Australian Soil Classification: Humose-Acidic (and Vertic), Eutrophic, Grey DERMOSOL
Northcote Factual Key: Gn 3.90
Great Soil Group: humic gley
Map Unit: Koo-Wee-Rup peaty clay
Landscape Description: Lacustrine plain
General Site Description: Pasture paddock
Geology: Recent swamp deposits
Soil Profile Morphology:
| GP28 Landscape|
Key Profile Features:
|A1||0-20 cm||Very dark greyish brown (10YR3/2); light clay (organic); moderate coarse blocky, parting to weak fine polyhedral structure; firm consistence moist; pH 4.8; sharp change to:|
|B21||20-40 cm||Dark greyish brown (10YR4/2) with root channel staining; light medium clay (gritty); weak coarse blocky structure; contains quartz fragments; has a brown ash zone (1-2 cm thick); pH 4.9:|
|B22||40-75 cm||Grey (10YR5/1); medium heavy clay (gritty); contains few (10%) quartz fragments (2-4 mm in size); pH 5.2:|
|B23||75-100 cm||Dark grey (10YR4/1) with strong brown (7.5YR5/8) mottles (associated with root channels); heavy clay (gritty); parts to strong fine lenticular structure; feldspar and quartz fragments are common (15-20%) ; pH 5.1:|
|B24||100+ cm||Grey (10YR5/1) with yellowish brown (10YR5/8) mottles; medium clay; strong medium lenticular, parting to to strong fine lenticular structure; contains very little (< 2%) quartz grit; pH 4.9.|
Soil Profile Characteristics:
- Organic rich surface soil (ie. humose horizon).
- Lack of strong texture contrast between surface soil and subsoil horizons.
- Vertic properties (ie. lenticular structure) evident in deeper subsoil.
Very Strongly Acid
Very Strongly acid
(at 75-100 cm)
| 1 40-70cm depth – Moderate dispersion after remoulding.|
|The upper soil profile is very strongly acid becoming strongly acid at depth.||The salinity rating is low throughout.||The soil profile is non-sodic throughout.||Exchangeable aluminium levels are high in the upper soil profile and decrease with depth.||Clay content is high throughout the profile.|
- Plant available water capacity (PAWC) is considered to be low-medium (estimated at 97 mm) for the top metre of this soil profile. This is based on available laboratory data. Effective rooting depth is likely to vary, however, depending on crop type. PAWC should therefore be considered as potential only. Factors which may decrease effective rooting depth and PAWC include: structural degradation due to compaction, variations in water table depth and high exchangeable aluminium levels.
- The profile is very strongly acid throughout. Some vegetables will not grow well in these highly acid conditions. Many vegetables have a preferred pH range beginning above 5.5, although potatoes have a preferred range of between 5.0 - 6.0. Acid soils can also have high aluminium and manganese levels, which may be toxic to some plants.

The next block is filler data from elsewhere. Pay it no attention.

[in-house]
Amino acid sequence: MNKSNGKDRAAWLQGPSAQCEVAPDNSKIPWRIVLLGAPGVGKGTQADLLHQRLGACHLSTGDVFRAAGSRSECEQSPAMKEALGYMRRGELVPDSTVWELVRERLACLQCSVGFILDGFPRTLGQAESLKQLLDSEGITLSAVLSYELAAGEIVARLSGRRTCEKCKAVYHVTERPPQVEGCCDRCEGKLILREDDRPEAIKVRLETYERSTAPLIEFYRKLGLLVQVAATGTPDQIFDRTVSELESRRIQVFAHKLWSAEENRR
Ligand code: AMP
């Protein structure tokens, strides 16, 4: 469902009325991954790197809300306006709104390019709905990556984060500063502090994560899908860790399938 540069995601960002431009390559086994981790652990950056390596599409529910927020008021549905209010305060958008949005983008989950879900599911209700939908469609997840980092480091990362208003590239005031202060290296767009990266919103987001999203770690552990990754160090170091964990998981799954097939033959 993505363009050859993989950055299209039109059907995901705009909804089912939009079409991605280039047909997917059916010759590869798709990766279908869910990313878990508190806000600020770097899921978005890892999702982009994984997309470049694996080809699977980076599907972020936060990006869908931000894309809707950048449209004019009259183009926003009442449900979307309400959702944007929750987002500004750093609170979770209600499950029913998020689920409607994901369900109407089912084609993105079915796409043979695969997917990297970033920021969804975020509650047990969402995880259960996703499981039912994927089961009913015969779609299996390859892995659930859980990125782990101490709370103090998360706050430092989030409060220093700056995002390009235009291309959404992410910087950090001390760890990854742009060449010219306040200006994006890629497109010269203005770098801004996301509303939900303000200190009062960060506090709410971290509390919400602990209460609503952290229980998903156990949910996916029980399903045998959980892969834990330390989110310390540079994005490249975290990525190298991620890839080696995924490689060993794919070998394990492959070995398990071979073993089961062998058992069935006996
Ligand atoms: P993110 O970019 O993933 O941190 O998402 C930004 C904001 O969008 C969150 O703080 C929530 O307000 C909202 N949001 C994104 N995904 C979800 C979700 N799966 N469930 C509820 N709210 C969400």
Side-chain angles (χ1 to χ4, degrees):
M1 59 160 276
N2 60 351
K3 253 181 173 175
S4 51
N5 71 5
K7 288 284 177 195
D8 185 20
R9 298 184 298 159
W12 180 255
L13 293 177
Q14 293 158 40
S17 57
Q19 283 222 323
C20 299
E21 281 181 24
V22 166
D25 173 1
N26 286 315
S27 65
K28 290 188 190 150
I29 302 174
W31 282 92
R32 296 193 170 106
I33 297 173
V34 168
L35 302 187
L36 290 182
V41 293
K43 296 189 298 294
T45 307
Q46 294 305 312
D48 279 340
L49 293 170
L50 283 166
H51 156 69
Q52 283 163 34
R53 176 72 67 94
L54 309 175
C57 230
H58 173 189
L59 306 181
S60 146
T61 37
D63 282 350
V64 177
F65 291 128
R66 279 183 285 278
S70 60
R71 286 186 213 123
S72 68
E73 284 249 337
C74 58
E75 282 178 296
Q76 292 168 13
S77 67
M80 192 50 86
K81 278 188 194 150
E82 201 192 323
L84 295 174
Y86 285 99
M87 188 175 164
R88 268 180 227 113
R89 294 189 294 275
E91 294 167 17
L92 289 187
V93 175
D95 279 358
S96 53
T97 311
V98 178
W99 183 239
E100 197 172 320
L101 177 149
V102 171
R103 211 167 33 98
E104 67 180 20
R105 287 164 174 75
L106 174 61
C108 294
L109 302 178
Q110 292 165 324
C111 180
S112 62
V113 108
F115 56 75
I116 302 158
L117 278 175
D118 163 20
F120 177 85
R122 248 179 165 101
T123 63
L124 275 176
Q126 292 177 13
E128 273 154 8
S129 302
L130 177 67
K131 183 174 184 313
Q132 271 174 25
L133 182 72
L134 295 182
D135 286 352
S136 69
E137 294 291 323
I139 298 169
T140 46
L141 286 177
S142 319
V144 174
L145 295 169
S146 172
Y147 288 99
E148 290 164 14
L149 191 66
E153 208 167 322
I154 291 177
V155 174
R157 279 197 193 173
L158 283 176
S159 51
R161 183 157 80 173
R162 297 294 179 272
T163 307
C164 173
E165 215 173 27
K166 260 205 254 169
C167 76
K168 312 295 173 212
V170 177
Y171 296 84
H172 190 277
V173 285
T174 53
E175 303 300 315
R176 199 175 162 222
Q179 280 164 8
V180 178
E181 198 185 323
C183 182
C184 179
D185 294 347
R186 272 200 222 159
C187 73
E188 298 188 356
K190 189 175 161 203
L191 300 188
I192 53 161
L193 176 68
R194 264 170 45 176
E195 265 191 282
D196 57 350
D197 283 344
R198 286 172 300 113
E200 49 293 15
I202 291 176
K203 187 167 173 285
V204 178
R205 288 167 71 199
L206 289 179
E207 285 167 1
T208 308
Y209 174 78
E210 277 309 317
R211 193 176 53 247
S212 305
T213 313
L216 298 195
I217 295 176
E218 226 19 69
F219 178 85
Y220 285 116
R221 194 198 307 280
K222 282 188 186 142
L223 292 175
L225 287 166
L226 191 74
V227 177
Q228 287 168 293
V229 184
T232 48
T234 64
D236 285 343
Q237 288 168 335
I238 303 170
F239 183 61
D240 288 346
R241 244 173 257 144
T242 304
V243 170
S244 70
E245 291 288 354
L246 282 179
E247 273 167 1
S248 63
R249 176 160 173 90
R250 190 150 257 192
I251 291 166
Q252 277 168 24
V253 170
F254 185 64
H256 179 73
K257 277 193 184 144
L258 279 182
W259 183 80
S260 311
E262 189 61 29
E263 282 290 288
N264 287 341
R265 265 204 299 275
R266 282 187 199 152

Surface (A) Horizons
- The levels of organic carbon levels and total nitrogen measured at this pit site are high. These measurements are best assessed though by taking a bulked sample from across the paddock. Organic matter levels will build up under pasture but will decline if cropping takes place. Practices such as residue retention, minimum tillage and including pasture rotations could be utilised if cropping takes place in order to retain organic matter. The use of green manure crops (eg. oats, ryecorn, lupins) will also assist in building up organic matter levels between crops. Organic matter is important for maintaining soil aggregation as well as fertility and water holding capacity. PAWC is relatively high for the surface horizon (estimated at 32 mm).
- Molybdenum deficiency may occur in the strongly acid surface soil. Lime application will make molybdenum more available to plants. However, if a deficiency occurs it may be more practical to apply a molybdenum compound to the soil or crop.
- Aluminium becomes more soluble in soils at low pH levels. The level of exchangeable aluminium measured in the laboratory is very high (ie. 280 ug/g) for the surface soil at this site. This is likely to restrict the growth of aluminium sensitive plant species (eg. lucerne, phalaris). High levels of aluminium will also tend to 'fix' phosphorus and make it less available to plants (and reduce the effectiveness of applied P fertiliser). Raising the pH level of the soil by liming will help reduce the level of exchangeable aluminium. A lime test (sampled across the paddock) may be appropriate to determine the amount of lime needed to raise pH levels. Other factors need to be considered, however, before lime is recommended (eg. species grown, method of application, local trial responses, likely cost-benefit). The relatively high levels of organic matter in these soils may assist in reducing the effects of aluminium on plants. Organic materials have been known to be effective in reducing the level of active aluminium in soils (Vimpany 1990).
- Manganese toxicity can also occur in strongly acid soils, especially when waterlogging occurs. Susceptible crops include cabbage, cauliflower, lettuce, celery and lucerne (NSW Dept. Agric. 1986). Raising the pH by lime application will assist in reducing any manganese toxicity.
Subsoil (B) Horizons
- The level of exchangeable aluminium is still high in the upper subsoil but decreases with depth. Lime application at the soil surface will not have a significant effect on pH and aluminium levels in the subsoil.
- The deep subsoil is strongly mottled which indicates that deep drainage is imperfect.
Profile Described By: Mark Imhof and Ian Sargeant (December 1996).
- The deeper subsoil (from 75 cm depth) displays vertic properties (ie. lenticular structure) which indicates that significant shrinking and swelling occurs during wetting and drying cycles. This may disturb the roots of some plant species. The shrinking and swelling also has engineering implications (eg. disturbance to building foundations and fence lines).